NEW YORK (TheStreet) -- In the years since the financial crisis, big banks led by Goldman Sachs (GS - Get Report) , Bank of America (BAC - Get Report) and Capital One Financial (COF - Get Report) have been far more focused on selling assets than making acquisitions.
Lately, however, that's begun to change. The country's largest financial institution have started making investments, or at least considering them, and the focus in most cases is on technology.
One prominent example involves Goldman, Bank of America, and several other large Wall Street players trying to create an instant messaging platform to compete with Bloomberg, possibly through the acquisition of a company called Perzo. And last week, a tech design firm called Adaptive Path announced it would be sold to Capital One.
Arjun Sethi, partner at consulting firm A.T. Kearney, says interest in tech-focused acquisitions among financial institutions has increased dramatically in the past 12-18 months.
"Clients are coming out to us and saying 'Hey, how do we enhance our technology and digital capabilities?'" he says. Sethi sees a "blurring between the traditional banking capability and what a technology services organization might provide."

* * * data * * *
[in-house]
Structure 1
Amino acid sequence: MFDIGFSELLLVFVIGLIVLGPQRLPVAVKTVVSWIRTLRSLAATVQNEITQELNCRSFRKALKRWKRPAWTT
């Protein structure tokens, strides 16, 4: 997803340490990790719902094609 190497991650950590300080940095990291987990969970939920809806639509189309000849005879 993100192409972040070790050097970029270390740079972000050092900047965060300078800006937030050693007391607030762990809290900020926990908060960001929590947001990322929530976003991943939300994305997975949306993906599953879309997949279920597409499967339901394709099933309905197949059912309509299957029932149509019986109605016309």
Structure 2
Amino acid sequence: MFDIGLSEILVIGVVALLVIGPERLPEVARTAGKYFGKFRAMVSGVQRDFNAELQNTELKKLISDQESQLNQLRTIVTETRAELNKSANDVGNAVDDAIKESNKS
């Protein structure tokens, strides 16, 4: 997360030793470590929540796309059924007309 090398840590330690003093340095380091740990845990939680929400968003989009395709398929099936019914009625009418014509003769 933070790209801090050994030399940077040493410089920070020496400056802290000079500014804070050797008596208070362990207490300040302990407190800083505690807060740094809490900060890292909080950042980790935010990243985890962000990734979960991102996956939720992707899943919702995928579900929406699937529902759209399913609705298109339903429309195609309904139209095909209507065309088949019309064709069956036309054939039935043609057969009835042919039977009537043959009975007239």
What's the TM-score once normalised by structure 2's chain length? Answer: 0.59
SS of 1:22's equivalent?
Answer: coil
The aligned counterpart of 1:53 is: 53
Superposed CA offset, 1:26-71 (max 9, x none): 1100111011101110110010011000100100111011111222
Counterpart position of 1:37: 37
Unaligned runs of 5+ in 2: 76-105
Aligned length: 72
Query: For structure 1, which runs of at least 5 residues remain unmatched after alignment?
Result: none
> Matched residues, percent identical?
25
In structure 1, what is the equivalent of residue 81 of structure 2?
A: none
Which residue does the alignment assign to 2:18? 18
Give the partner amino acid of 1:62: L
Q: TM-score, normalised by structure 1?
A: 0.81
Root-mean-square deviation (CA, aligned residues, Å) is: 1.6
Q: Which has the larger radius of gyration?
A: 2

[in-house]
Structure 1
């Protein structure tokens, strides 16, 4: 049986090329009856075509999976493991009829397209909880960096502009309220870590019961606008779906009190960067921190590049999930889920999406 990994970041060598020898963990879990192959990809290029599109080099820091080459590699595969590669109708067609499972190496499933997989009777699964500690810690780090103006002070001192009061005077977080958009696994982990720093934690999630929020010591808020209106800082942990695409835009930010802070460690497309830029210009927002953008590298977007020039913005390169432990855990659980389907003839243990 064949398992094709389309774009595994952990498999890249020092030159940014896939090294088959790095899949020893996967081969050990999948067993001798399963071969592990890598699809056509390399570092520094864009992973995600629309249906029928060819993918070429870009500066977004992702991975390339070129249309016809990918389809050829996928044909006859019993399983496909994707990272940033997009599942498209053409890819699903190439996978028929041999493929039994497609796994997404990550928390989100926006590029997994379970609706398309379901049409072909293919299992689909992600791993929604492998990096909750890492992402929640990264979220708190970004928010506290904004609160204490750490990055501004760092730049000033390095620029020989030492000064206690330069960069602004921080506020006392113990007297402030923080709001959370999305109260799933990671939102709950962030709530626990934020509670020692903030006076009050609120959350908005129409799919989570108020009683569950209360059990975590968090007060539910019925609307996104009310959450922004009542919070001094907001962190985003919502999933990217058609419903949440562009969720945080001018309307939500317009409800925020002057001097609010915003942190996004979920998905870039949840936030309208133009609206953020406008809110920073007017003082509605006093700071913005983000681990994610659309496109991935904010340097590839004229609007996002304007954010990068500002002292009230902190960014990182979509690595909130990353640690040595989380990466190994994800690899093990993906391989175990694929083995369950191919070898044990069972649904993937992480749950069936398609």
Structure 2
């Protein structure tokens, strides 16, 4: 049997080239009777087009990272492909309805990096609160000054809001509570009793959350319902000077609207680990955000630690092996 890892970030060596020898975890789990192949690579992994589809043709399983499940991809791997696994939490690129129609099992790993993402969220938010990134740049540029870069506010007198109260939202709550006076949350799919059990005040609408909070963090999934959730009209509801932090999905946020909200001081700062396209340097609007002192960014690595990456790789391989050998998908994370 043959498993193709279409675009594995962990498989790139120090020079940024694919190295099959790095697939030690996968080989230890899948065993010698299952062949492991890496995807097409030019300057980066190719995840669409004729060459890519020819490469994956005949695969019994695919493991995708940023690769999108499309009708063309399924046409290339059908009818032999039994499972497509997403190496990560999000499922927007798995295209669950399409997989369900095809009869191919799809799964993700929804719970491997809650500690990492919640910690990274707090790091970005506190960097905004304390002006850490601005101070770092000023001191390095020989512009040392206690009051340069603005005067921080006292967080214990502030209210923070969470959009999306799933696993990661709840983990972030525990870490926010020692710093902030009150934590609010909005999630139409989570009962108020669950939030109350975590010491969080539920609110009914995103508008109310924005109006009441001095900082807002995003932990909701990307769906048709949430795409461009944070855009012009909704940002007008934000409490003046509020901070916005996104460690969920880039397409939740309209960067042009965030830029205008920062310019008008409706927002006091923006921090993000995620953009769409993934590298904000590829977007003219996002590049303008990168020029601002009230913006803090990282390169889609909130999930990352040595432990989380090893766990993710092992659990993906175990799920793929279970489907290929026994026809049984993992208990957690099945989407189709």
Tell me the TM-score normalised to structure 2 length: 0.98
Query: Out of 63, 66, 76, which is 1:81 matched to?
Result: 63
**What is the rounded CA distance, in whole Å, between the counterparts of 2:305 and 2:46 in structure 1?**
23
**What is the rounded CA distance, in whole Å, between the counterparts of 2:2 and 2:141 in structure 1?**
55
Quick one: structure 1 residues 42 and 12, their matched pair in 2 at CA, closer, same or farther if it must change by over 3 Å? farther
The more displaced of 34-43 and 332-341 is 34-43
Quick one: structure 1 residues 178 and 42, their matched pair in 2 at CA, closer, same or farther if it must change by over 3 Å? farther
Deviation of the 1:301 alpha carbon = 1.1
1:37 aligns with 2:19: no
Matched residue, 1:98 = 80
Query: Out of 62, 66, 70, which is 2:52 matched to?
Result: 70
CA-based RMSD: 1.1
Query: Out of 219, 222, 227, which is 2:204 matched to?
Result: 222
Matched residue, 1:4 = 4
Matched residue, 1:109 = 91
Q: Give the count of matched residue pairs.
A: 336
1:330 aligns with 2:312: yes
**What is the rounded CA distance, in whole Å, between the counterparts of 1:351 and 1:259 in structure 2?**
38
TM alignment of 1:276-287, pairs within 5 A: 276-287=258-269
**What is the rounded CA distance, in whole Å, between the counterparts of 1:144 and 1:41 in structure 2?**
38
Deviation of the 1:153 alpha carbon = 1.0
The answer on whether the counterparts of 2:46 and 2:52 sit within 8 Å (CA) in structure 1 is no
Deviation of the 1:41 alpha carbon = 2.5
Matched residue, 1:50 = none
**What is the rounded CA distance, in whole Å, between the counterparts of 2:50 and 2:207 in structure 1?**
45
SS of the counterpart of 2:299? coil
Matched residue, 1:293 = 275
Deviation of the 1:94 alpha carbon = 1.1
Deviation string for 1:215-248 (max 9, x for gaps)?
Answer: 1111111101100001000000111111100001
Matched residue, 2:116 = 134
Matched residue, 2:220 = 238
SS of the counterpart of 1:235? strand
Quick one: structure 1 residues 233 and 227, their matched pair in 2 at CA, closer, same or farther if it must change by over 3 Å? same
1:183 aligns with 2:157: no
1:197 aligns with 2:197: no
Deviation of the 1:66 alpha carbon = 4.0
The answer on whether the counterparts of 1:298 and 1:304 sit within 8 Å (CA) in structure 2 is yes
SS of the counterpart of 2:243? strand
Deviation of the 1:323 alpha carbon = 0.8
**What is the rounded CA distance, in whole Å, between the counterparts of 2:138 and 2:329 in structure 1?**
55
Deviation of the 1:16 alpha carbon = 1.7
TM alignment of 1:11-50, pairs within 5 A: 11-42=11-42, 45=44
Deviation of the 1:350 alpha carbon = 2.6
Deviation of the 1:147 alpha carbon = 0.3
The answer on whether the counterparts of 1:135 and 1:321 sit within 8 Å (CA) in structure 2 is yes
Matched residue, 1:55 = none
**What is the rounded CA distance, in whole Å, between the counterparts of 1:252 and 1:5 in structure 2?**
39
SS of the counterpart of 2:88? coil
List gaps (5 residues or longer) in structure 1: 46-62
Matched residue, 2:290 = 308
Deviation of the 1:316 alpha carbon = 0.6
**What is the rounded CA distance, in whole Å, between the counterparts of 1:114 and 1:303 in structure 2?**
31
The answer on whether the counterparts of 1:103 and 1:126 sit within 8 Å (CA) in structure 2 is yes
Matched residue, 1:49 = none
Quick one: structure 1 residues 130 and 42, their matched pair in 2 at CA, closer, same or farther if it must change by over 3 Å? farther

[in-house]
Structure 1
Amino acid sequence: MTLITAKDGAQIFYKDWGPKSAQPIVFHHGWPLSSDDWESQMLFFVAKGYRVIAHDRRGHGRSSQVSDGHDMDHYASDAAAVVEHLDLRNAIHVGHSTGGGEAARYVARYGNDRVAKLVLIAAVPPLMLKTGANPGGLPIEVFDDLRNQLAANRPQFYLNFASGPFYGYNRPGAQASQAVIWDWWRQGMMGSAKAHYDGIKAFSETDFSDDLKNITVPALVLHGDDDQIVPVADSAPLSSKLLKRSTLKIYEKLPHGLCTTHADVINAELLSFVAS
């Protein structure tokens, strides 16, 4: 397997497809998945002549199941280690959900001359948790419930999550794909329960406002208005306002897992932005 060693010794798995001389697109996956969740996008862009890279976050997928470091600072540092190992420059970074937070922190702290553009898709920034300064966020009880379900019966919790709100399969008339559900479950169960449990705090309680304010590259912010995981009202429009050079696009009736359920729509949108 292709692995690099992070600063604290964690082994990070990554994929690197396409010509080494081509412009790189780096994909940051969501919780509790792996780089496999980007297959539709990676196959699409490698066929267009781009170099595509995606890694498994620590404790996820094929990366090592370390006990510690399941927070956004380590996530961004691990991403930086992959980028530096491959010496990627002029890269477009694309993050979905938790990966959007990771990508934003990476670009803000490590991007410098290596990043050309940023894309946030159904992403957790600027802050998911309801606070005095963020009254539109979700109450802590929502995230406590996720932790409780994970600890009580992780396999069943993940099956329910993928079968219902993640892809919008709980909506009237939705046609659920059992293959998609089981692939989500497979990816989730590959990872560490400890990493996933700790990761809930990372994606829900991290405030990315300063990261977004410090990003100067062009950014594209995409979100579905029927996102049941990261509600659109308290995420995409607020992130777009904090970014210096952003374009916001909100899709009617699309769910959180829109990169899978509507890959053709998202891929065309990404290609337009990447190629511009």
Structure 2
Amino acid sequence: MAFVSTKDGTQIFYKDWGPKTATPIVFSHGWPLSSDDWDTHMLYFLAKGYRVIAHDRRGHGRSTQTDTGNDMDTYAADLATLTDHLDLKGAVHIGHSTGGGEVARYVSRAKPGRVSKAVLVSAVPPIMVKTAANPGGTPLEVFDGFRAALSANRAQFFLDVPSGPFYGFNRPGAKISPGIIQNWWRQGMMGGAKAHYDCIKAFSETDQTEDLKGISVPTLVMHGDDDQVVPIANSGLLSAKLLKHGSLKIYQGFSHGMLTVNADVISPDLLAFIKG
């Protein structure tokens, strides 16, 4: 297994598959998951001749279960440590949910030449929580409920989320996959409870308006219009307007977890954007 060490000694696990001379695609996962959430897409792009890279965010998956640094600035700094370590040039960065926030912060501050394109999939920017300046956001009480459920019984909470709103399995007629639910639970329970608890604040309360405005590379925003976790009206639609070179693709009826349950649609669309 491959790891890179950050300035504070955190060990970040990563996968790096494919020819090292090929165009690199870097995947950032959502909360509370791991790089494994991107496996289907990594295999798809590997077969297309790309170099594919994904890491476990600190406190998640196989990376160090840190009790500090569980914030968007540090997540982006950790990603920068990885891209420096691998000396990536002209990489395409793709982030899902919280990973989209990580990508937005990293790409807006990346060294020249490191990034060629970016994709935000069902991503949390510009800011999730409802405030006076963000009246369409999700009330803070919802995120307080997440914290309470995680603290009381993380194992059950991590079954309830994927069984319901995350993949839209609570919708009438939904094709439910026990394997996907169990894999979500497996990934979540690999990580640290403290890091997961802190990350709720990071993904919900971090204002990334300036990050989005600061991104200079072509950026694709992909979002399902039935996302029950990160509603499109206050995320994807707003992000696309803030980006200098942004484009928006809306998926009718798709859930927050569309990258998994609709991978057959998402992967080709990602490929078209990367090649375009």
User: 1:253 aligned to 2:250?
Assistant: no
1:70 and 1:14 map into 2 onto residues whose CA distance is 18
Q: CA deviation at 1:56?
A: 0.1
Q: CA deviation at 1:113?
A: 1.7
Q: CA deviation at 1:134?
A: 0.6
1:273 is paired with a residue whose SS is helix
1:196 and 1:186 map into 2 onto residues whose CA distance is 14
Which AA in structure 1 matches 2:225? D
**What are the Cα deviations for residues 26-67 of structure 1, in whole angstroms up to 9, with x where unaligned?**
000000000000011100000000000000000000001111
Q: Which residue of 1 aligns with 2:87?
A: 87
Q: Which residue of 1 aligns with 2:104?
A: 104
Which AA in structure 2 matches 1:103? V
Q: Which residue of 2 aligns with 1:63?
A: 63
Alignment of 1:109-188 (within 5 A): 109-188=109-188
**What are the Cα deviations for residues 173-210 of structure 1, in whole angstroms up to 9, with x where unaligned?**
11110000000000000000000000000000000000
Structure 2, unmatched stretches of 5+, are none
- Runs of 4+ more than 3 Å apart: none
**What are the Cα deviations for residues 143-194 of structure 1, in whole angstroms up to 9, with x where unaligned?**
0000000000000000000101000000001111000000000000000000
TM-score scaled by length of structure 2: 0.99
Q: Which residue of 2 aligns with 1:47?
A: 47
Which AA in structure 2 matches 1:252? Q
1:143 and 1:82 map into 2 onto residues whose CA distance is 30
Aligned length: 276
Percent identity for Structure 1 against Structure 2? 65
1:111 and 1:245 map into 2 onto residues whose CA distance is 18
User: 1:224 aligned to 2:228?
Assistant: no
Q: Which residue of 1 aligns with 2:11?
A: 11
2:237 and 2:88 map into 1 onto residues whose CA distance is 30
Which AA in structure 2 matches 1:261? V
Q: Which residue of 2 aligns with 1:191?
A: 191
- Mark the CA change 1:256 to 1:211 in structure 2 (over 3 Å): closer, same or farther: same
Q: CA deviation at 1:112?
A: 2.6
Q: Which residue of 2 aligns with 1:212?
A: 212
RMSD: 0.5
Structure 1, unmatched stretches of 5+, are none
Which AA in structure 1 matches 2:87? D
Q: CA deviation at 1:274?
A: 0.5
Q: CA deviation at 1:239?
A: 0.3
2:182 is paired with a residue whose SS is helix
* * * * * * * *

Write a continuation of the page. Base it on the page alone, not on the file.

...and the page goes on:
Mobile payments are clearly a hot area where banks are beginning to show serious interest. As this recent report in The New York Times demonstrates, financial companies are falling all over themselves trying to get a bit of the excitement generated by companies like Apple (AAPL - Get Report) that know a thing or two about creating buzz.
The recent IPO of Alibaba (BABA) with its mobile payments platform, Alipay, have added to the hype, which is likely what provided the push for eBay (EBAY) to spin off PayPal, according to a recent report from Barclays analyst Darrin Peller.
"We suspect that industry dynamics around Apple Pay's recent announcement, Alipay's efforts, and other ecommerce/mobile entrants have increased eBay's impetus for this restructuring," Peller wrote.
As banks scramble to keep up, look for them to continue to look for technology investments. Given that many banks are still rebuilding capital and investors are likely to be skeptical of big deals, they are trying to take more of a venture capital approach.
One example of this is Citigroup's (C) "mobile challenge," a contest it has sponsored to try to spur innovation among developers of mobile payments technologies.
The stakes couldn't be higher for financial companies, as innovations like Apple Pay and Google (GOOG) Wallet, despite all their fluffy talk of partnerships, are widely understood as shots across the bow of the banking industry.